We arrived right around 4:45. Parking was $15 which was really annoying, considering there was a giant RV sale in the lot that was free to check out. If we were better liars we would've maintained we were just looking for a new rig.
The will call and ticket office was a hike from the concert venue, but fortunately we already had our tickets. Noted for the future (should I go there again) to make sure I always have physical tickets. We parked and were steps away from the gates which was really convenient.
Upon entering, we were searched and there was the typical concert signage of no coolers, pets, cameras, etc., but really, it's time for venues to surrender that camera policy. First of all, cameras are the size of a wallet, not to mention every phone pretty much has one, and it seems to me that this policy comes from back in the day when people would sell concert photos. Nowadays, you can get anything on the internet, so this policy is really just silly. Not to mention if people took the trolley, what were they to do if they did bring cameras? People want to remember their experiences and will find a way, so it'd be wise to just drop this archaic policy.
Anyway, we walked in and the Revolt stage was a tiny little stage right by the entrance. Then the remainder of the parking lot was lined with vendors- beer ranged from $7-$10 depending on the size, there were lemonade stands and food, some sponsor tents and a few informational booths like Southwestern College, Surfrider, and GoNavy.com
After passing, you hit the grass field. Ludo was wrapping up their set. The crowd was sparse to say the least.
Technically I'm a client of 91X, and all local media, for that matter, because of my day job, so I suggested we just check the VIP tent to see what was up. I was told that the laminates had only been made the day before and hadn't been distributed, so my friends, who work at Finest City, took care of us and we entered the VIP area.
In the area there was a ton of food from Roberto's and these really delicious Philly Cheese Steaks from Philly Frank's in San Marcos. Believe me, they deserve the mention and if I ever find myself in North County, I'll be looking for them.
We walked over to procure drinks and were a little surprised because of every event I've ever been to that has a VIP area, beverages are usually hosted. It wasn't surprising to see cocktails priced at $7, but I have to say $4 water and soda seemed weird, especially considering beer was free. It would seem a station would have no problem getting a beverage sponsor like Rockstar or Vitamin Water or something non-alcoholic but no biggie, I was content with little plastic cups of Budweiser.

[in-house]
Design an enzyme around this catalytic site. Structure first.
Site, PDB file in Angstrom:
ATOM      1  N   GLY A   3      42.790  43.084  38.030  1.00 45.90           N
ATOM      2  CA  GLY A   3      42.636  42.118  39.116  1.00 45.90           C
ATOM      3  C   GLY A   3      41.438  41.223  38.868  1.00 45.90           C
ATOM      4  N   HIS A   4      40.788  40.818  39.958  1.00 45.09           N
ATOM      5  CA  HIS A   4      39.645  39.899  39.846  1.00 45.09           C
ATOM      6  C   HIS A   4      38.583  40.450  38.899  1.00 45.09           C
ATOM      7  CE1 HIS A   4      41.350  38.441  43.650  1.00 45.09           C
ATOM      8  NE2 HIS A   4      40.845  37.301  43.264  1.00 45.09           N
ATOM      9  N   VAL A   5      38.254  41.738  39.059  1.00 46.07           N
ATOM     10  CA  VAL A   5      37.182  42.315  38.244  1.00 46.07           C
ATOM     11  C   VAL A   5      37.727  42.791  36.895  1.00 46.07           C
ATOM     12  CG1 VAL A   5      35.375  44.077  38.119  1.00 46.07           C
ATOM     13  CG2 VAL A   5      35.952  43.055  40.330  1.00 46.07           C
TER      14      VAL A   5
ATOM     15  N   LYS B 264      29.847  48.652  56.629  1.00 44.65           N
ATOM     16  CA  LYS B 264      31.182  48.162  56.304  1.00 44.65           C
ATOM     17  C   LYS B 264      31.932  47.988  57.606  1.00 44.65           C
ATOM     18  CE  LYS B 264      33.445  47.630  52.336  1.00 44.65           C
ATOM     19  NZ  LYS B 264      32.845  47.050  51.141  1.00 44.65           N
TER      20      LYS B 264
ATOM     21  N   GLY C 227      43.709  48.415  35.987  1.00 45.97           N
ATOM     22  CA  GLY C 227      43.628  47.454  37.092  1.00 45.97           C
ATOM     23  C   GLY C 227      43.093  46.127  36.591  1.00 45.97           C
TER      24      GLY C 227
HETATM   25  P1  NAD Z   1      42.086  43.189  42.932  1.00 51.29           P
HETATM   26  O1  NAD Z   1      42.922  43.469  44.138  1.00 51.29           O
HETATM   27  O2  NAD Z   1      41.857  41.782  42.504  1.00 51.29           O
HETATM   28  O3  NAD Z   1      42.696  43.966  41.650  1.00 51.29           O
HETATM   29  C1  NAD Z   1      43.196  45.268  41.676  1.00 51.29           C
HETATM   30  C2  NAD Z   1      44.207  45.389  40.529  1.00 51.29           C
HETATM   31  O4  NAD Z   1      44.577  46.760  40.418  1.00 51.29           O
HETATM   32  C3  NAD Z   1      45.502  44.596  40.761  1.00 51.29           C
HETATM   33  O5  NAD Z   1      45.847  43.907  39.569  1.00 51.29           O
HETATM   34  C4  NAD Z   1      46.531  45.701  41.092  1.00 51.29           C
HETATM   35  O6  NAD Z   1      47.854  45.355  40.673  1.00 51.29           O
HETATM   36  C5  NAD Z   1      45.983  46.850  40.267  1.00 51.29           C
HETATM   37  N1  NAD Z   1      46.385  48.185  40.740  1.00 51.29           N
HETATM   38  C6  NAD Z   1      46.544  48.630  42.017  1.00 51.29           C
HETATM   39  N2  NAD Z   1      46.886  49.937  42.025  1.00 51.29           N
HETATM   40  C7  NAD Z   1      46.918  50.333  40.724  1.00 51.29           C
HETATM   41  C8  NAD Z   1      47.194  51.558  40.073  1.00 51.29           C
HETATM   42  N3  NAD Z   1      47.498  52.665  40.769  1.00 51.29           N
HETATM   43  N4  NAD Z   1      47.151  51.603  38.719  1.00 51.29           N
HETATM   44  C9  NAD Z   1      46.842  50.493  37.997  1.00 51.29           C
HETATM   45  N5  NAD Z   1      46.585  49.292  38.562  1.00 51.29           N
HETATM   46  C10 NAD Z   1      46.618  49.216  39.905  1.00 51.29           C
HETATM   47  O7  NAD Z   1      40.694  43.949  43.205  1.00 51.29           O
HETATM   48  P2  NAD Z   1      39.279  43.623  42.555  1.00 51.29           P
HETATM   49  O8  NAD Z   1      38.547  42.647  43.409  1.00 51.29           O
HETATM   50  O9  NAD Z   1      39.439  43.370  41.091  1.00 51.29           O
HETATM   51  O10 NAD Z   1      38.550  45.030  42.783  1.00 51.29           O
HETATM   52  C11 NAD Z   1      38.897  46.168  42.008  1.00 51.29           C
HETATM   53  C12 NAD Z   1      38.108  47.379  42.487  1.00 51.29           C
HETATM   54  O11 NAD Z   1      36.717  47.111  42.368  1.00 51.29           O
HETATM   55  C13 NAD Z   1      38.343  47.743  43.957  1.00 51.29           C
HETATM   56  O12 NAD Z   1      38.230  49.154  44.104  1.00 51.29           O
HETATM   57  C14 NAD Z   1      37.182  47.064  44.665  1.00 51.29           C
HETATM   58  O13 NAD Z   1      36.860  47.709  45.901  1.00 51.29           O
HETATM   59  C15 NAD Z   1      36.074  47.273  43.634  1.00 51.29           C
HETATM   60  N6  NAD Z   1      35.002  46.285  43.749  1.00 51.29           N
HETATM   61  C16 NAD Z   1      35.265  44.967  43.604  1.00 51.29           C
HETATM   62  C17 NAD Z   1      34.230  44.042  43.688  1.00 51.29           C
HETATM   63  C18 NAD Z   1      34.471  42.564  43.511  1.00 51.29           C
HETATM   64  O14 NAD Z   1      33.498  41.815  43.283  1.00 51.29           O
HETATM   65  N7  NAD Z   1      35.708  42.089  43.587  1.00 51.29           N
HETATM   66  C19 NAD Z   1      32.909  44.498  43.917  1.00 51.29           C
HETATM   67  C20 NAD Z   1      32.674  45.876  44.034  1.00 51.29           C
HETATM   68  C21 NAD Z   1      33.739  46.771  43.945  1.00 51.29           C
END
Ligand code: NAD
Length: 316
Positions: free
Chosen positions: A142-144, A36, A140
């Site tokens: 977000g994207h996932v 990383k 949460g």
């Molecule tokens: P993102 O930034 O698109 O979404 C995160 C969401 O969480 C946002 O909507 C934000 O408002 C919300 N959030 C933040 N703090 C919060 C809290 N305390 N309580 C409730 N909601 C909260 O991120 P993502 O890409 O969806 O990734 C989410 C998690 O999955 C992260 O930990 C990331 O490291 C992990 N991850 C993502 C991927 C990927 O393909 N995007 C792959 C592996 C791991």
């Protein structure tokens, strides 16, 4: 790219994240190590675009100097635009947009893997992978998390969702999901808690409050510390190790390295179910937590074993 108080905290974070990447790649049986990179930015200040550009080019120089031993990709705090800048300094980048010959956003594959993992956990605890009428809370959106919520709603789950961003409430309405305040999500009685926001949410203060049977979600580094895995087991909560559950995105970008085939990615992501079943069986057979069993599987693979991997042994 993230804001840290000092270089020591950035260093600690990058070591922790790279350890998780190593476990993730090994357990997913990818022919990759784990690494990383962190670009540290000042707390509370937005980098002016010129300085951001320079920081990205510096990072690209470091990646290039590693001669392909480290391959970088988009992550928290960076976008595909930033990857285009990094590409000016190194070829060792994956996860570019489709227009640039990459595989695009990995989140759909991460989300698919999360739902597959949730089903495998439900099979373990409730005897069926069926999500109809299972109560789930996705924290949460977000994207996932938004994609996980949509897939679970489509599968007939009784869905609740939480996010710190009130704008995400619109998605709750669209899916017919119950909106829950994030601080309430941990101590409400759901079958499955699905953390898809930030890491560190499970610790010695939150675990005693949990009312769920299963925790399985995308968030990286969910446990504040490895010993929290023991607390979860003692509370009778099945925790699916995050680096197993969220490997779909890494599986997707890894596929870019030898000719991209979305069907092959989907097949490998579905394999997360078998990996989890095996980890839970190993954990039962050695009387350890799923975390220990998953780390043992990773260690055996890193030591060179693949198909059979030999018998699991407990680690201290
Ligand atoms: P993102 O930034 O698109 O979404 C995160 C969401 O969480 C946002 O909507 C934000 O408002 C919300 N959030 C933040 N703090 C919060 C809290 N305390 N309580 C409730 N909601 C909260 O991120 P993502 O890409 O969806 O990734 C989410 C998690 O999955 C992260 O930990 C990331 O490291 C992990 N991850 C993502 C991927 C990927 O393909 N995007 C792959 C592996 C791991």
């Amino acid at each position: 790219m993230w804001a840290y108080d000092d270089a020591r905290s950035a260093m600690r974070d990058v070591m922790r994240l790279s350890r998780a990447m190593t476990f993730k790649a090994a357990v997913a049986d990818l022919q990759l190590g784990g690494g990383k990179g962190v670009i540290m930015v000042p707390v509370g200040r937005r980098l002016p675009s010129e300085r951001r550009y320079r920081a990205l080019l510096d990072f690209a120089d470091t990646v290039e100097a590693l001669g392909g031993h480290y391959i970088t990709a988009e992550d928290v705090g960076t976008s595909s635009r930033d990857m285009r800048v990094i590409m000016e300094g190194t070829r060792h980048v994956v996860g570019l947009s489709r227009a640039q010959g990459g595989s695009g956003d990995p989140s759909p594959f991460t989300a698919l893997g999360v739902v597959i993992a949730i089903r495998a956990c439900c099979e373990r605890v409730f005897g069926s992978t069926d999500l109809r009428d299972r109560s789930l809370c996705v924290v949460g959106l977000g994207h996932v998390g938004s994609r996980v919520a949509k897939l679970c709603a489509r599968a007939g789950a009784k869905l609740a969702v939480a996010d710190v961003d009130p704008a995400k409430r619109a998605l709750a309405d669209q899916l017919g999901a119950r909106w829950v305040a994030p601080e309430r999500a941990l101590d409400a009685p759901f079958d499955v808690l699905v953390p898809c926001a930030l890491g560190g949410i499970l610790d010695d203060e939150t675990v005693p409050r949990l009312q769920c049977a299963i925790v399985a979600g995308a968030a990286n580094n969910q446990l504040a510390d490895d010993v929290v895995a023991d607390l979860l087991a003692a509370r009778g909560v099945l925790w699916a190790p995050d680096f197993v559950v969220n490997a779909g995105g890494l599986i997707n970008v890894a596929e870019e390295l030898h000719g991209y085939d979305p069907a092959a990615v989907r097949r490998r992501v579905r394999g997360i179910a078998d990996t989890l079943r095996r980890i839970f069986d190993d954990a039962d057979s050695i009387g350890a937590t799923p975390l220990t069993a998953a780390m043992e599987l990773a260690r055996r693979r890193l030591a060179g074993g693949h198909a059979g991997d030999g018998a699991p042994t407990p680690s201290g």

After a quick beer, Daye and I made our way up to catch MgmT. They had a relatively short set, especially because live many of their songs go past 5 minutes each. Having seen them before, I was pleased with their set and I really look forward to seeing them again at 94/9's Independence Jam.
1. Electric Feel
2. Weekend Wars
3. Of Moons, Birds, and Monsters
4. Time To Pretend
5. The Handshake
After they finished, we went back to the tent. Had I not had the passes, I would've checked out the local stage but the free beer was more incentive than hiking across the venue in the heat which wasn't easing up. I know I'm a wuss, but anything over 80 is out of my comfort zone. This is why I don't plan on ever doing Coachella. At least the show was on grass, because a parking lot show on asphalt would've been miserable. I also didn't realize I could have taken the beer out of the tent. Usually VIP areas restrict that so people aren't taking booze out for friends.
After a while, Jimmy Eat World took the mainstage. I don't consider myself a fan of the band in the sense that I don't own any of their music, but of course I'm familiar with their radio hits, and I've really been digging their latest single. It seemed more people had arrived but the venue was still maybe only a third of its capacity.
Jimmy Eat World sounded great, but I only stayed up close briefly to snap a couple pictures then headed back to the tent, where I could still hear the show and sing along to the hits that I was familiar with.
I had a great time at the tent because I ran into some old friends from the biz that I hadn't seen in a very long time. Of course I'm appreciative that I got to see the show and explore the venue, and especially for VIP passes, but once Pennywise started, we were ready to take off. We heard a few of the songs and since I'd recently seen them at the Casbah, that was all I needed. I still think X-Fest can be a viable event that more people get excited about, but here's my prescription for making it better.
1. Drop ticket prices in half. If that's not possible, as a friend of mine mentioned, do a pre-sale the week before bands are announced with tickets priced at $9.91 to generate buzz and momentum for the event.
2. I realize it's a facility issue, but slapping people with $15 parking really, really sucks.
3. Lose the camera policy. While there were a lot of older bros in the crowd, there were also a lot of tweens and families there. It would be nice if they could memorialize their experience with some pictures.
I won't comment on the lineup because I'm not their target demographic, but my feelings about that should be pretty obvious since we only stayed for two bands. Still, I'm grateful to the station for hooking me up and I'll likely check it out again next year if it all works out again.